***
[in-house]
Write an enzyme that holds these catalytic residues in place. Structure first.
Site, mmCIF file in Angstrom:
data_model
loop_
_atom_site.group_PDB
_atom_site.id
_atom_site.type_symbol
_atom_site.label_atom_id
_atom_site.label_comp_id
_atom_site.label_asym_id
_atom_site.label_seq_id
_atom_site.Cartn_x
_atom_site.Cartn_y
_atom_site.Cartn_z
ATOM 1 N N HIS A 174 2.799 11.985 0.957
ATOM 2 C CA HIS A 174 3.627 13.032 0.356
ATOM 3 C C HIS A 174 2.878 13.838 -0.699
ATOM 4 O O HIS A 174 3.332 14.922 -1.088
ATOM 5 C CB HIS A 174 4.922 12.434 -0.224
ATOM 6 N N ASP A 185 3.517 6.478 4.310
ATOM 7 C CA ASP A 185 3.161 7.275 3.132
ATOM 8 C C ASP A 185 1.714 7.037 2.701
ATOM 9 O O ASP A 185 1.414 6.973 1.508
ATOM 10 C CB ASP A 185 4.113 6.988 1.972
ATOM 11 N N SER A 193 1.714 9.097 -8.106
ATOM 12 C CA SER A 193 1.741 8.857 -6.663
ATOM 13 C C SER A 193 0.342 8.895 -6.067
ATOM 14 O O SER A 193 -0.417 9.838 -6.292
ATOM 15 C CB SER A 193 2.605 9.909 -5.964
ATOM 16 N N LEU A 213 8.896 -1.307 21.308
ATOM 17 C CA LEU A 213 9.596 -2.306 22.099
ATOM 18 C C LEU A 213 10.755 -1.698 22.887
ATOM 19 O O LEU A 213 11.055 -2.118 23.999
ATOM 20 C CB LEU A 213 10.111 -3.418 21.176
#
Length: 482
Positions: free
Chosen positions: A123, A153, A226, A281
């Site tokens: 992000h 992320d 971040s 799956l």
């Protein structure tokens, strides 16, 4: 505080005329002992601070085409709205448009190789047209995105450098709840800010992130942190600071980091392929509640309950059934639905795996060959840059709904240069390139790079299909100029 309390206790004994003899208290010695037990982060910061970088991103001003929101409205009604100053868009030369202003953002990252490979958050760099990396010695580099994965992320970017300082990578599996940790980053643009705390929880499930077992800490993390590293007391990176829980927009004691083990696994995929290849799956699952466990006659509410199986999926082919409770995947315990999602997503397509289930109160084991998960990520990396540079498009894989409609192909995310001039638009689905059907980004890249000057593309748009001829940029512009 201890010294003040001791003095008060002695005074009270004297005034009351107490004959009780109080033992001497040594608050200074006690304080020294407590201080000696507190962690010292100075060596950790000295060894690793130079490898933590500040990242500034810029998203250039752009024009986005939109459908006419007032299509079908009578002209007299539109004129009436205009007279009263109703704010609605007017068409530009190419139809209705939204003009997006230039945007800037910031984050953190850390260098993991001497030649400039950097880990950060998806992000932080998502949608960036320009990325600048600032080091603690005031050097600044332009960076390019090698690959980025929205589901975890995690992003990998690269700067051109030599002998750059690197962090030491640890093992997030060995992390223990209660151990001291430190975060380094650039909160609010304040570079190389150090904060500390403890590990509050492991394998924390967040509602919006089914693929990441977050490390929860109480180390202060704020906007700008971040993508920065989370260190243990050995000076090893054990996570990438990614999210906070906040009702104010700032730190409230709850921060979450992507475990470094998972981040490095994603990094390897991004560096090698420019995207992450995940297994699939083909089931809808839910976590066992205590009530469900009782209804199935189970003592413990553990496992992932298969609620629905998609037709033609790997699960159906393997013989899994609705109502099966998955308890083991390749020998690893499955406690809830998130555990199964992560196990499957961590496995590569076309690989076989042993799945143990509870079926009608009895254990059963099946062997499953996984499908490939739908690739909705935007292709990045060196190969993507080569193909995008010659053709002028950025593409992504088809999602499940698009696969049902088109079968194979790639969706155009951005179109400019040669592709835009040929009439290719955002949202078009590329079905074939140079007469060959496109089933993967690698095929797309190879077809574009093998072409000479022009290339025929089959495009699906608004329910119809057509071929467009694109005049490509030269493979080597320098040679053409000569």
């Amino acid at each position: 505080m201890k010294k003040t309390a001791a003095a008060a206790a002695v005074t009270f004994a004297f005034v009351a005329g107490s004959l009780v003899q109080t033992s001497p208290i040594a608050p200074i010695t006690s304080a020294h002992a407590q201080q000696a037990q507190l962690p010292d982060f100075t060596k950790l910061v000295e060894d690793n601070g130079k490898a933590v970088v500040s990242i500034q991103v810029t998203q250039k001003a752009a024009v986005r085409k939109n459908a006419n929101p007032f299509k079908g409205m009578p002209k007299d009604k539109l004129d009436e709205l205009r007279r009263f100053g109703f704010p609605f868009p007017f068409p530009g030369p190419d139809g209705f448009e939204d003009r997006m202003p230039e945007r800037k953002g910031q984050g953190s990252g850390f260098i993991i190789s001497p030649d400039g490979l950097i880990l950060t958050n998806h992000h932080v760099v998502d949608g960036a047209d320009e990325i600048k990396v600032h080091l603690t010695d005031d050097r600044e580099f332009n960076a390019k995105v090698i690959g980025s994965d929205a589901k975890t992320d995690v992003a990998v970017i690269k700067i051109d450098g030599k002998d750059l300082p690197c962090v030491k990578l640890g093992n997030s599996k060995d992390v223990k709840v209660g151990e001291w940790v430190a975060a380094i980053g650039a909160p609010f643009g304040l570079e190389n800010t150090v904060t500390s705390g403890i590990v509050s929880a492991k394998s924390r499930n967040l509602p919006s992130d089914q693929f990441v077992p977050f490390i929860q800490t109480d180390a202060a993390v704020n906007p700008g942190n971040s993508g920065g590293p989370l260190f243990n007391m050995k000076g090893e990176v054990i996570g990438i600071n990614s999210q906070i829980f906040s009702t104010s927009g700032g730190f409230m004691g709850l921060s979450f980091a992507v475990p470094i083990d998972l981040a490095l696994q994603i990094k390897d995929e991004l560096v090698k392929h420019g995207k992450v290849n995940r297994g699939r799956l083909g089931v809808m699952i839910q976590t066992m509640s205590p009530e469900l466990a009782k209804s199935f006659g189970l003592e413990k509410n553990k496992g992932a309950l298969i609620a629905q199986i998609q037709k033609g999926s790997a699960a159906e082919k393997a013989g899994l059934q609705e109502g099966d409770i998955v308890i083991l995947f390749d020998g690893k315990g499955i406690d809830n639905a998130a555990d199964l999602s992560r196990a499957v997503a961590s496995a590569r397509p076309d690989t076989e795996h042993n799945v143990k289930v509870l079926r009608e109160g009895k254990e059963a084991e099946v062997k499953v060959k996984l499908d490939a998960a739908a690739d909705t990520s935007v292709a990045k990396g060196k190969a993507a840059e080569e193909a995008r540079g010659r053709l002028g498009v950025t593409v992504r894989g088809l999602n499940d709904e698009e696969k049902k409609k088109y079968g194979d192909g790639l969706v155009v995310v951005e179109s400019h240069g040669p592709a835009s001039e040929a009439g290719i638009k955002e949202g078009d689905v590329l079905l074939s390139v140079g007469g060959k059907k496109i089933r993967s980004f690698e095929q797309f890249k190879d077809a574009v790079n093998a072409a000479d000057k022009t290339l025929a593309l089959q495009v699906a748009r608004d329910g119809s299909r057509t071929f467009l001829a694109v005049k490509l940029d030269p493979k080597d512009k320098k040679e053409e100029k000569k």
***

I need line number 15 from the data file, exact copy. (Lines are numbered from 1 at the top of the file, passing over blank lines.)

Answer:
_atom_site.Cartn_z